Disappointing 4th place for Norwegian women in handball World Cup

Photo: International Handball Federation
Emilie Hegh Arntzen (left) and Malin Larsen Aune (right) embrace in disappointment after losing the World Cup Handball bronze medal game to Russia, 33-28, in Japan. Arntzen and Stine Bredal Oftedal each scored seven goals in the final game, while Aune tallied four. Norway lost only once in group play and won three more games in the main round to reach the semifinals, where they lost to Spain.

Jo Christian Weldingh
Oslo

Norway ended up in a somewhat disappointing fourth place in this year’s IHF World Cup Championship in Japan after being knocked out by Spain in the Dec. 13 semifinal, and then losing to Russia in the bronze medal game on Dec. 15. The Netherlands, which beat Norway 30-28 in the group stage for its first victory over Norway in 20 years, beat Spain in the final to claim the title.

The Norwegian team has been plagued by injuries this season and several key players stayed home. This caused experts to doubt the team’s medal chances. In addition to star keeper Kari Aalvik Grimsbø, Henny Reistad and Amanda Kurtovic, both Nora Mørk and Veronica Kristiansen, two of the team’s starting backcourts, and arguably the two most important Norwegian players, were not a part of the championship squad.

Much thanks to team captain and playmaker Stine Bredal Oftedal’s brilliance, the team exceeded most of the media’s expectations and effortlessly made it into the semifinals where they faced Spain, an opponent they have met many times and rarely had any problems defeating.

Heading into the match against Spain, both the media and the Norwegian players highlighted Norway’s tactical and physical advantages.

This time, however, the Spanish team had done their homework tactically and were able to force the Norwegian players into making mistakes. The game was characterized by individual errors and sloppy attacking plays. At one point in the first half, Norway didn’t score a goal for 11 minutes, missing three consecutive penalty shots.

Photo: International Handball Federation
Malin Larsen Aune prepares to shoot against Russia in the World Cup Handball bronze medal game in Japan. Norway fell to Russia 33-28 for a disappointing fourth place. They were missing several injured players, but easily reached the semifinals, where they lost to Spain.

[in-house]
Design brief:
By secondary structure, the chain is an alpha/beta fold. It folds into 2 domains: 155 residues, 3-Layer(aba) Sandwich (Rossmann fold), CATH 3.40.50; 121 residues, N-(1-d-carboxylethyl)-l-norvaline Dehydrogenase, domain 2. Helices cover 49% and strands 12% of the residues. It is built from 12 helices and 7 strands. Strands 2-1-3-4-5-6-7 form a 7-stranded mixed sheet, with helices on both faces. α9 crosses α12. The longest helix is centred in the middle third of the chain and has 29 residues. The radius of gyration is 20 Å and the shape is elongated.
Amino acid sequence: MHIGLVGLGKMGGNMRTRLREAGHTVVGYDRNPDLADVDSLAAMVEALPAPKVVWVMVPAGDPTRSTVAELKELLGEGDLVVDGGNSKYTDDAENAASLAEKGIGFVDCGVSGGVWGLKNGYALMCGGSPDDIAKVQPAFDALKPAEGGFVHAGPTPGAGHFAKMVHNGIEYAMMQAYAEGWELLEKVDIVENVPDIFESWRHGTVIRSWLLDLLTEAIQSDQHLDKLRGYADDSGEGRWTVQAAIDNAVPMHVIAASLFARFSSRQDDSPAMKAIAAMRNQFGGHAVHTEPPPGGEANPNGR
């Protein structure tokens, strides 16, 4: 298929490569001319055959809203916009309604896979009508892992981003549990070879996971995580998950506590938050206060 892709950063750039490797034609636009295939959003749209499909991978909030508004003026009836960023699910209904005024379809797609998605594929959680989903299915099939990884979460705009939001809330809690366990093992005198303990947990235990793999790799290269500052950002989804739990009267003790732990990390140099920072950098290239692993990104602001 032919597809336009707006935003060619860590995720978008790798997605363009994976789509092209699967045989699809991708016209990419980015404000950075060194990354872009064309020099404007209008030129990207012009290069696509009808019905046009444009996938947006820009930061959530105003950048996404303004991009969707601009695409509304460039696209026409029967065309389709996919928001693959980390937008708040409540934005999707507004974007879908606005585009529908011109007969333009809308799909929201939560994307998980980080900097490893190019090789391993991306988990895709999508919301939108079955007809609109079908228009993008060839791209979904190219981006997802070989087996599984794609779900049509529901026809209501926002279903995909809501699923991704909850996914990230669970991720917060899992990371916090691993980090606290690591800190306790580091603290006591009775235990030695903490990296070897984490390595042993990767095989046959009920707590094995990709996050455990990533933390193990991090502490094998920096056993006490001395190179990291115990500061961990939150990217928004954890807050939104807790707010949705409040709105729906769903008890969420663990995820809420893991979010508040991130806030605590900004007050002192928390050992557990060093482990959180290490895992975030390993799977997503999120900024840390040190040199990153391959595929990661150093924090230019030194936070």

The score was tied 13-13 at halftime, but throughout the second half, Spain (Alexandrina Cabral Barbosa 7G) showed themselves to be the better team. The Norwegian errors continued, and Spanish goalkeeper Silvia Navarro Gimenez played one of the best games of her international career. In the end, Spain won the game easily 28-22. Malin Larsen Aune led Norway with five goals.

In the bronze medal game against Russia, the Norwegian team started out great with a 3-0 lead. After 15 minutes of play, the score was 9-9 and from there on out Russia dominated completely. The Russian team, led by superstar Anna Vyakhireva (9G), had a five-point lead at halftime, a lead they were able to reach the end of the game without ever being threatened, 33-28.

Russia won the bronze medal, and Norway ended up in a bitter fourth place. Oftedal and Emilie Hegh Arntzen each had seven goals for Norway. Camilla Herrem was the only Norwegian player named to the World Cup All-Star team.

Taking last year’s fifth place in the European Championship into account, this is the first time in 15 years that the Norwegian handball women have gone through two championships in a row without winning a medal. The loss against Russia is also the first time in 23 years Norway has lost two games in a row. This might be a result of injured key players, but the team’s placement has shown a worsening trend since 2014: 1–1–3–1–2–5–4.

Next year, handball fans have both the Olympics and a European Championship in Norway to look forward to, so let’s hope the Norwegian team finds the winning formula as soon as possible.

This article originally appeared in the January 10, 2020, issue of The Norwegian American. To subscribe, visit SUBSCRIBE or call us at (206) 784-4617.

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The Norwegian American

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